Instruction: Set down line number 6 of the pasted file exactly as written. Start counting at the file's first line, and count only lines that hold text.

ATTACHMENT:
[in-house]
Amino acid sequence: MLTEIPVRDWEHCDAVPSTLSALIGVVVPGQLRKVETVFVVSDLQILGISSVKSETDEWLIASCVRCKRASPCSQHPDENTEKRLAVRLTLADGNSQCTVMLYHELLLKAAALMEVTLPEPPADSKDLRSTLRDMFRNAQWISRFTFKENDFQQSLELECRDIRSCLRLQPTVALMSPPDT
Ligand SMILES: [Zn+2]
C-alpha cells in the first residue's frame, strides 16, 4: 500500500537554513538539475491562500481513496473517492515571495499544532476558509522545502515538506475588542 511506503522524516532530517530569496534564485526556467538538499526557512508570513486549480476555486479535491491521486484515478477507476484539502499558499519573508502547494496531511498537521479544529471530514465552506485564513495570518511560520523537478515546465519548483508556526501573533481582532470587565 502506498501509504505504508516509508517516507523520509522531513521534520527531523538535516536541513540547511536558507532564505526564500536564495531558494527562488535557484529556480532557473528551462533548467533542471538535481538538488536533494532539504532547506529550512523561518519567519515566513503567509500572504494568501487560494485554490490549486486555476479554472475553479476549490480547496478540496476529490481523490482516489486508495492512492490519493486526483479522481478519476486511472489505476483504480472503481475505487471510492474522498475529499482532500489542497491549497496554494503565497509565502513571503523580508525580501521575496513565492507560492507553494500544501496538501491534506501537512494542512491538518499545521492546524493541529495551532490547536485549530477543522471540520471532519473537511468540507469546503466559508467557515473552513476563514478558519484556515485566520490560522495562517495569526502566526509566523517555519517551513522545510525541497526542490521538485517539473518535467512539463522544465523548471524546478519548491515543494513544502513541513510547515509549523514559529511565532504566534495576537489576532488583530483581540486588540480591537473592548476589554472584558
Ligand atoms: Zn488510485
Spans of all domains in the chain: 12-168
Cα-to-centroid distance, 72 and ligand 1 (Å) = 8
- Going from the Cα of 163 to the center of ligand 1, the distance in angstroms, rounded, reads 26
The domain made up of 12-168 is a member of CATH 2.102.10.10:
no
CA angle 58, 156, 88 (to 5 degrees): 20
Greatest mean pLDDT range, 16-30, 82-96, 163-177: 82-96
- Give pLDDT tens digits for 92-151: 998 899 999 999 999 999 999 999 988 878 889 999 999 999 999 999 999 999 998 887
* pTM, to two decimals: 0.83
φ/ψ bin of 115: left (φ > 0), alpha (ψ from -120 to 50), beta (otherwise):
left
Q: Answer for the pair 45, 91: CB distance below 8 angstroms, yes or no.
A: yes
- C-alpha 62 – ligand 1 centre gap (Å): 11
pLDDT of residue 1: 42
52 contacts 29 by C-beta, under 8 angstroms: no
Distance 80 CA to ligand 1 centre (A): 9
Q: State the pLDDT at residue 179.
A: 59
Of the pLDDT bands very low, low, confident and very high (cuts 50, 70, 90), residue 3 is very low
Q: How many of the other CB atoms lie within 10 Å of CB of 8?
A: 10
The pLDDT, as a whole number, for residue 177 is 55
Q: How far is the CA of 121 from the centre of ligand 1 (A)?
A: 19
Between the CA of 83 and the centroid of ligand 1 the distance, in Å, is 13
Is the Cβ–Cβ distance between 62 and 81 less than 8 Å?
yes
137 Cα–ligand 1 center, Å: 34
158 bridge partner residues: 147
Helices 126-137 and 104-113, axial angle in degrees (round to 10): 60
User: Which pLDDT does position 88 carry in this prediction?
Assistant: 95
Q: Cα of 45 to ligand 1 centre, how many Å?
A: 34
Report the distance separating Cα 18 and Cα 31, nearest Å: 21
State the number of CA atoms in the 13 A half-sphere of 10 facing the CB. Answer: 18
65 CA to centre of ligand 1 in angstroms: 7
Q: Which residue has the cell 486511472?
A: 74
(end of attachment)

Spans of all domains in the chain: 12-168